Brexit: Consumer confidence among Leave voters falls as remainers become more buoyant, reveals survey

Support for Brexit among Leave voters down from 74% in December to 63% days after Article 50 was triggered – and 10% of remain voters would now vote to exit the EU

Josie Clarke
Wednesday 12 April 2017 18:31
Test of time: the shifting outlook on Britain’s prospects outside the EU is affecting consumer confidence
Test of time: the shifting outlook on Britain’s prospects outside the EU is affecting consumer confidence

Consumer confidence among Brexit supporters has fallen, according to a survey taken immediately after Article 50 was triggered.

The latest Nielsen Survey of Consumer Confidence and Spending Intentions reveals overall stability at 102 but the confidence level among Leave voters fell from 109 in January to 106 earlier this month.

Confidence among Remain voters increased one point to 97 – a score over or under a baseline of 100 indicates degrees of optimism and pessimism respectively.

The survey also reveals that “strong support” for Brexit among Leave voters steadily declined, from 74 per cent in December to 68 per cent in January, and then to 63 per cent between 30 March and 3 April.

Nielsen also found 3 per cent of Leave voters now oppose Brexit but 10 per cent of those who originally supported Remain have now shifted their support to Leave.

Steve Smith, managing director of Nielsen UK and Ireland, said: “Overall, consumer confidence remains stable but we are seeing a wobble among Leave voters.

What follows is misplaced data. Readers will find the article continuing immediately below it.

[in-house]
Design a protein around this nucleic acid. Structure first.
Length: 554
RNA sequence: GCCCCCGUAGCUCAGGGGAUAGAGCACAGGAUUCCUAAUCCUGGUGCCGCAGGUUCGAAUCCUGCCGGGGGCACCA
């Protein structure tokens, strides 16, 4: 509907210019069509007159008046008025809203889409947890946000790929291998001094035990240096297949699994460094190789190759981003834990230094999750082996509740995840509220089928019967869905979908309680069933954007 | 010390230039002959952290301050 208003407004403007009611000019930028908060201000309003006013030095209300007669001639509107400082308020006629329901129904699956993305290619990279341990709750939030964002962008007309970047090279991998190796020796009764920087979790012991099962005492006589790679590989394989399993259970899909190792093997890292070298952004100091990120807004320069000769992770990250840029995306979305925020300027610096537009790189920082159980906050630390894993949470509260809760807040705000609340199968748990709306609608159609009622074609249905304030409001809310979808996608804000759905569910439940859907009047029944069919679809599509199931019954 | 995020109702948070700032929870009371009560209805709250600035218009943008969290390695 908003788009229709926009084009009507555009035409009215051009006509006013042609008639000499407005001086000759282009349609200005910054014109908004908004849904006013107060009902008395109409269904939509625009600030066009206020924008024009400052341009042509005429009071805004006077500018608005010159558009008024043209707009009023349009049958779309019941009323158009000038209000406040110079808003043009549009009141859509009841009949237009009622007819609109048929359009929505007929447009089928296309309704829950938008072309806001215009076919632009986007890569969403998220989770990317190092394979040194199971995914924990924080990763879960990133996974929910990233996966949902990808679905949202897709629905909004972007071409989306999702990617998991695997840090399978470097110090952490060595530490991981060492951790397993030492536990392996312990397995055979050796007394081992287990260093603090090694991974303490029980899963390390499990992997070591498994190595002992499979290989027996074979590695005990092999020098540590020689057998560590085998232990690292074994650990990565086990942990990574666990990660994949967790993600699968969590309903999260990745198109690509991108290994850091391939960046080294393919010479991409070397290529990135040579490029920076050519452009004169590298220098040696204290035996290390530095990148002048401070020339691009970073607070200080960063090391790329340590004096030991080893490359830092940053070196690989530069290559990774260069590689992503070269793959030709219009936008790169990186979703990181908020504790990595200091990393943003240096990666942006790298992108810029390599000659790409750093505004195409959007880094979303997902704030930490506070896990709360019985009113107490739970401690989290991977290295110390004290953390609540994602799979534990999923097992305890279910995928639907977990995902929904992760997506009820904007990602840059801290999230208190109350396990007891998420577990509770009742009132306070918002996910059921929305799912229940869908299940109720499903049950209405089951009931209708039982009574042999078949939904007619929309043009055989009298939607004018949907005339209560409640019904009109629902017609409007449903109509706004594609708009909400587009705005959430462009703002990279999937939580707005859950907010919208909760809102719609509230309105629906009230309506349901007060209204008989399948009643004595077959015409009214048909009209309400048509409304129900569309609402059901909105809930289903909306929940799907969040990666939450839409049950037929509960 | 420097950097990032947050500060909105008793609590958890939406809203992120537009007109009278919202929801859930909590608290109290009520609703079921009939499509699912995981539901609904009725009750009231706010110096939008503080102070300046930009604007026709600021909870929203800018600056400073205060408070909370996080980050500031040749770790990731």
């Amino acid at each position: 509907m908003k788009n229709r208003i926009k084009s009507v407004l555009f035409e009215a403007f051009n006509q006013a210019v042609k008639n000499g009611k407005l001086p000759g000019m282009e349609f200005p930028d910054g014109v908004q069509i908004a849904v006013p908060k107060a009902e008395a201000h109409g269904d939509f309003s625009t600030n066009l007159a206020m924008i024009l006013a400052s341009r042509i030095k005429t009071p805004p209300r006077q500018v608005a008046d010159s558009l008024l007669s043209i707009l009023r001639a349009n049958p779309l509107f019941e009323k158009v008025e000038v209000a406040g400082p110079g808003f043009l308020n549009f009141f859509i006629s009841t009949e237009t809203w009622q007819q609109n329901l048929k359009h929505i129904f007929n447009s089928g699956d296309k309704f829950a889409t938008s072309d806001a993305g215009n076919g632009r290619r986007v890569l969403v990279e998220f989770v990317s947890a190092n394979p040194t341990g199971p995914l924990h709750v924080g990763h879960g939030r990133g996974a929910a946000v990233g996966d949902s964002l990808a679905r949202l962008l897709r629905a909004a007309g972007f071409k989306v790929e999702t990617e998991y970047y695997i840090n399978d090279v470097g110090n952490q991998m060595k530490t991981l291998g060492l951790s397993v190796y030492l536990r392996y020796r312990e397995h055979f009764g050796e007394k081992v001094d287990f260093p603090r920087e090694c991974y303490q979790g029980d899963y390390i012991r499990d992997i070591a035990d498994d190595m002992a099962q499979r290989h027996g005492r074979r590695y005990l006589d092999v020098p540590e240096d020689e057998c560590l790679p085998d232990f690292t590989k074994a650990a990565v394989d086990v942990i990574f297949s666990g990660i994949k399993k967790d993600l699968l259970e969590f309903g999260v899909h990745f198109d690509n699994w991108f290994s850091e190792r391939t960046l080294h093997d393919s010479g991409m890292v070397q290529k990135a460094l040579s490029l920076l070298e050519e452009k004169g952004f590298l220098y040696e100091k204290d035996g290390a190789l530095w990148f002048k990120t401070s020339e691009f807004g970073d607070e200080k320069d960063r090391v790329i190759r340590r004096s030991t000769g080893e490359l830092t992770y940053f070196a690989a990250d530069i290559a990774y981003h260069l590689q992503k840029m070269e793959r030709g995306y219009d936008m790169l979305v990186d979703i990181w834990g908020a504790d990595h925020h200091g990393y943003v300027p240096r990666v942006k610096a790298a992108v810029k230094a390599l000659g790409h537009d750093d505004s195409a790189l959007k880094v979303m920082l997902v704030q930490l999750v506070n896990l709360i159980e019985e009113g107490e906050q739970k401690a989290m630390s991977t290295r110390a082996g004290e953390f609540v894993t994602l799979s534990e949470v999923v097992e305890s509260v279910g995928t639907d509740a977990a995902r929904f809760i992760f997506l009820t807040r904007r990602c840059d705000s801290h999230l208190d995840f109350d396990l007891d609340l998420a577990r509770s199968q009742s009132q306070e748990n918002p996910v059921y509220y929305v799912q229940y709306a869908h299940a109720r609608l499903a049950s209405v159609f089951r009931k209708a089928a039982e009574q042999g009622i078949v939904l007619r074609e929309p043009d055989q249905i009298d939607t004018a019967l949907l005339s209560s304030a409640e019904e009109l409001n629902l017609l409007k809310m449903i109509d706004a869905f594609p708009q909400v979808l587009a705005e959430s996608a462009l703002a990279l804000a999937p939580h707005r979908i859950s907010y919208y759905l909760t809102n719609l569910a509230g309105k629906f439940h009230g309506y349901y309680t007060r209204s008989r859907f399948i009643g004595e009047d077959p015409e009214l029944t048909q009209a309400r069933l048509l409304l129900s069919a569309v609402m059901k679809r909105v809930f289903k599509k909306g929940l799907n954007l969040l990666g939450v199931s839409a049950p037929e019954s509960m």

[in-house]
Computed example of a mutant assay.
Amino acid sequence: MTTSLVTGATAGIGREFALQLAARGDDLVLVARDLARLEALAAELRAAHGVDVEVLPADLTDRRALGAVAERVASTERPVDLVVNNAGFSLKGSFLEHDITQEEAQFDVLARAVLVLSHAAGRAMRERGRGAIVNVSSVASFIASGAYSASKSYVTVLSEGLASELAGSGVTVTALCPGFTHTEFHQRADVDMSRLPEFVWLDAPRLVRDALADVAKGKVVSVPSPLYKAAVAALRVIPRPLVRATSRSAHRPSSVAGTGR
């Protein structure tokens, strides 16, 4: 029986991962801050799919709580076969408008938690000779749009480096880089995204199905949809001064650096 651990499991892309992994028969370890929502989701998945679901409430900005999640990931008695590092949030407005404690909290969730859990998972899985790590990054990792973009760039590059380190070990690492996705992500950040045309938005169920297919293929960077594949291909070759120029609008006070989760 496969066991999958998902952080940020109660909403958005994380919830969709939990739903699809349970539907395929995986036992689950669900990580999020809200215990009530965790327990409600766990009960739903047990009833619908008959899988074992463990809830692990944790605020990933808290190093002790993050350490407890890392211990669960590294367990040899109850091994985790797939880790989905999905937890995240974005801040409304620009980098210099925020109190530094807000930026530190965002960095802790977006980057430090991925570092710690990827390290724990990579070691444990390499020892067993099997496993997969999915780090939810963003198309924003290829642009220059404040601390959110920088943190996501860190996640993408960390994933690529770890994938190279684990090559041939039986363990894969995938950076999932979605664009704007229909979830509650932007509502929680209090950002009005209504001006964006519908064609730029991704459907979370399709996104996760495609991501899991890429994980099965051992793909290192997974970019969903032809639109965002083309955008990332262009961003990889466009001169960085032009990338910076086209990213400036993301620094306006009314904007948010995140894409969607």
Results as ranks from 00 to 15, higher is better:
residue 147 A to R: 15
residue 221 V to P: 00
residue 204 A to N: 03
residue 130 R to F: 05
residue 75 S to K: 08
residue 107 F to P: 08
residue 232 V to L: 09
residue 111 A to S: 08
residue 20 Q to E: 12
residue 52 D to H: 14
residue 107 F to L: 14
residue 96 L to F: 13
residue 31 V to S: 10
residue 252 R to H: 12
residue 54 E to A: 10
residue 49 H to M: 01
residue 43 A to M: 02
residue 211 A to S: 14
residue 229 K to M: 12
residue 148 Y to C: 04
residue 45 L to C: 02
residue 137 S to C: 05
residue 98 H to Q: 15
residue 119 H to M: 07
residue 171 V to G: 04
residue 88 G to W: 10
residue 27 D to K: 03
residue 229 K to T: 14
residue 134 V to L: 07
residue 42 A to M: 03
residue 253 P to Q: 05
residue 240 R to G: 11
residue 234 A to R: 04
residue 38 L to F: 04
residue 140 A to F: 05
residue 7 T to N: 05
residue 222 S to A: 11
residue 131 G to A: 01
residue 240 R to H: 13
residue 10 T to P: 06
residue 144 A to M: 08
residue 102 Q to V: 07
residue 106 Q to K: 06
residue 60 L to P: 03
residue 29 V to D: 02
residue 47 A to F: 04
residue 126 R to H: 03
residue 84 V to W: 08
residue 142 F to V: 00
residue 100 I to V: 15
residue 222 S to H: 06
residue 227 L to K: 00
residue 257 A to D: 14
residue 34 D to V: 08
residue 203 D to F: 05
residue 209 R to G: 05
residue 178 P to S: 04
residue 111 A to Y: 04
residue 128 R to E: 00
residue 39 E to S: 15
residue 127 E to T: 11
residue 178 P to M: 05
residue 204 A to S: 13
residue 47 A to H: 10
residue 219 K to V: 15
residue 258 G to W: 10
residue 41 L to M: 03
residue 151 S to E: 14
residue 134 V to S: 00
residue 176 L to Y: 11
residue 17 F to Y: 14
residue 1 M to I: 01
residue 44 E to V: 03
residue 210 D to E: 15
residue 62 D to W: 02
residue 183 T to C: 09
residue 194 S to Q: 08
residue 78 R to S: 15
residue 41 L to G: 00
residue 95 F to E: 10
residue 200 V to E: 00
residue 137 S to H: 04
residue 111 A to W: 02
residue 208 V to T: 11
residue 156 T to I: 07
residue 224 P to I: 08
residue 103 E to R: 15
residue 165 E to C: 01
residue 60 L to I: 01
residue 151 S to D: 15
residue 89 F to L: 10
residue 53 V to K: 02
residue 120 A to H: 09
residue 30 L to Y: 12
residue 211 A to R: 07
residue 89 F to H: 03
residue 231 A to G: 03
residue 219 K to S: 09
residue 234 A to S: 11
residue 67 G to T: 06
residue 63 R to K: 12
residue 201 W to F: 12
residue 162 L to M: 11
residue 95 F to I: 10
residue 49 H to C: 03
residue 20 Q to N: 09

“Although immigration concerns have dropped, Leavers are starting to worry more about everyday matters, particularly rising utility bills and food prices.”

The proportion of consumers who believe that now is a good time to buy items they want or need dropped 4 per cent to 49, after reaching a 10-year high in the second half of last year.

From a list of 18 main types of goods, consumers overall expect price rises in every single category, the survey found.

Imported groceries are seen as the most likely to have price rises, followed by fuel prices, domestic groceries and transport.

Mr Smith said: “Inflation is creeping in and it could be as high as 3 per cent by July. Consumers believe this will translate to price rises across the board.

“However, overall consumer confidence remains stable and we know that brands and retailers are working closely together on solutions to minimise any price impact on shoppers.”

Nielsen surveyed 500 UK consumers.


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